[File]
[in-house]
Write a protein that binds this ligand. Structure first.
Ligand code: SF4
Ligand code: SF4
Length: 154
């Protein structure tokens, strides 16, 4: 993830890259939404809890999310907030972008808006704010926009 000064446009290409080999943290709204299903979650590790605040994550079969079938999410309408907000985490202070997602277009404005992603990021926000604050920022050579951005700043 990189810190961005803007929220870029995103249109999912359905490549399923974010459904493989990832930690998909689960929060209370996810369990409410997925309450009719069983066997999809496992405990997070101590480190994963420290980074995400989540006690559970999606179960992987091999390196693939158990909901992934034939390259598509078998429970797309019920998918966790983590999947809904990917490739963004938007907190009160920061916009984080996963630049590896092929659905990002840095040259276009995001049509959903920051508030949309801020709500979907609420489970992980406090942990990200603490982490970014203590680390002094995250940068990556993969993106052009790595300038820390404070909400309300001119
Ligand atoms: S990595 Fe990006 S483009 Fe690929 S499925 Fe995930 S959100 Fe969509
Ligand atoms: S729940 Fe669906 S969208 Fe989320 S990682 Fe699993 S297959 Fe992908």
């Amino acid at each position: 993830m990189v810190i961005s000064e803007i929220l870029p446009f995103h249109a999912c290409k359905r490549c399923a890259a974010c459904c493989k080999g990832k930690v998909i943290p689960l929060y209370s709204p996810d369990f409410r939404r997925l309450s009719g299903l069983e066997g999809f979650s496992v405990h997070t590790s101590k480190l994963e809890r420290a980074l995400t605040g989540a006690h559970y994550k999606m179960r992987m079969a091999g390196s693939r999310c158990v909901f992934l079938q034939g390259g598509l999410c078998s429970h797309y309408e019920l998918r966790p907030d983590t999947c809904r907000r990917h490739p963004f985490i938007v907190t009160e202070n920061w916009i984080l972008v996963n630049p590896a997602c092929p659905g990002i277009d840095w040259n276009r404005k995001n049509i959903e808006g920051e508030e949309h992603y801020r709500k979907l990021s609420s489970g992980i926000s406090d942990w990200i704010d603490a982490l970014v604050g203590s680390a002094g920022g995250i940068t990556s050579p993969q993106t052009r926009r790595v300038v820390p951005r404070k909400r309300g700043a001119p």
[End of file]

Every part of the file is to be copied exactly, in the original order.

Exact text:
[in-house]
Write a protein that binds this ligand. Structure first.
Ligand code: SF4
Ligand code: SF4
Length: 154
């Protein structure tokens, strides 16, 4: 993830890259939404809890999310907030972008808006704010926009 000064446009290409080999943290709204299903979650590790605040994550079969079938999410309408907000985490202070997602277009404005992603990021926000604050920022050579951005700043 990189810190961005803007929220870029995103249109999912359905490549399923974010459904493989990832930690998909689960929060209370996810369990409410997925309450009719069983066997999809496992405990997070101590480190994963420290980074995400989540006690559970999606179960992987091999390196693939158990909901992934034939390259598509078998429970797309019920998918966790983590999947809904990917490739963004938007907190009160920061916009984080996963630049590896092929659905990002840095040259276009995001049509959903920051508030949309801020709500979907609420489970992980406090942990990200603490982490970014203590680390002094995250940068990556993969993106052009790595300038820390404070909400309300001119
Ligand atoms: S990595 Fe990006 S483009 Fe690929 S499925 Fe995930 S959100 Fe969509
Ligand atoms: S729940 Fe669906 S969208 Fe989320 S990682 Fe699993 S297959 Fe992908």
């Amino acid at each position: 993830m990189v810190i961005s000064e803007i929220l870029p446009f995103h249109a999912c290409k359905r490549c399923a890259a974010c459904c493989k080999g990832k930690v998909i943290p689960l929060y209370s709204p996810d369990f409410r939404r997925l309450s009719g299903l069983e066997g999809f979650s496992v405990h997070t590790s101590k480190l994963e809890r420290a980074l995400t605040g989540a006690h559970y994550k999606m179960r992987m079969a091999g390196s693939r999310c158990v909901f992934l079938q034939g390259g598509l999410c078998s429970h797309y309408e019920l998918r966790p907030d983590t999947c809904r907000r990917h490739p963004f985490i938007v907190t009160e202070n920061w916009i984080l972008v996963n630049p590896a997602c092929p659905g990002i277009d840095w040259n276009r404005k995001n049509i959903e808006g920051e508030e949309h992603y801020r709500k979907l990021s609420s489970g992980i926000s406090d942990w990200i704010d603490a982490l970014v604050g203590s680390a002094g920022g995250i940068t990556s050579p993969q993106t052009r926009r790595v300038v820390p951005r404070k909400r309300g700043a001119p």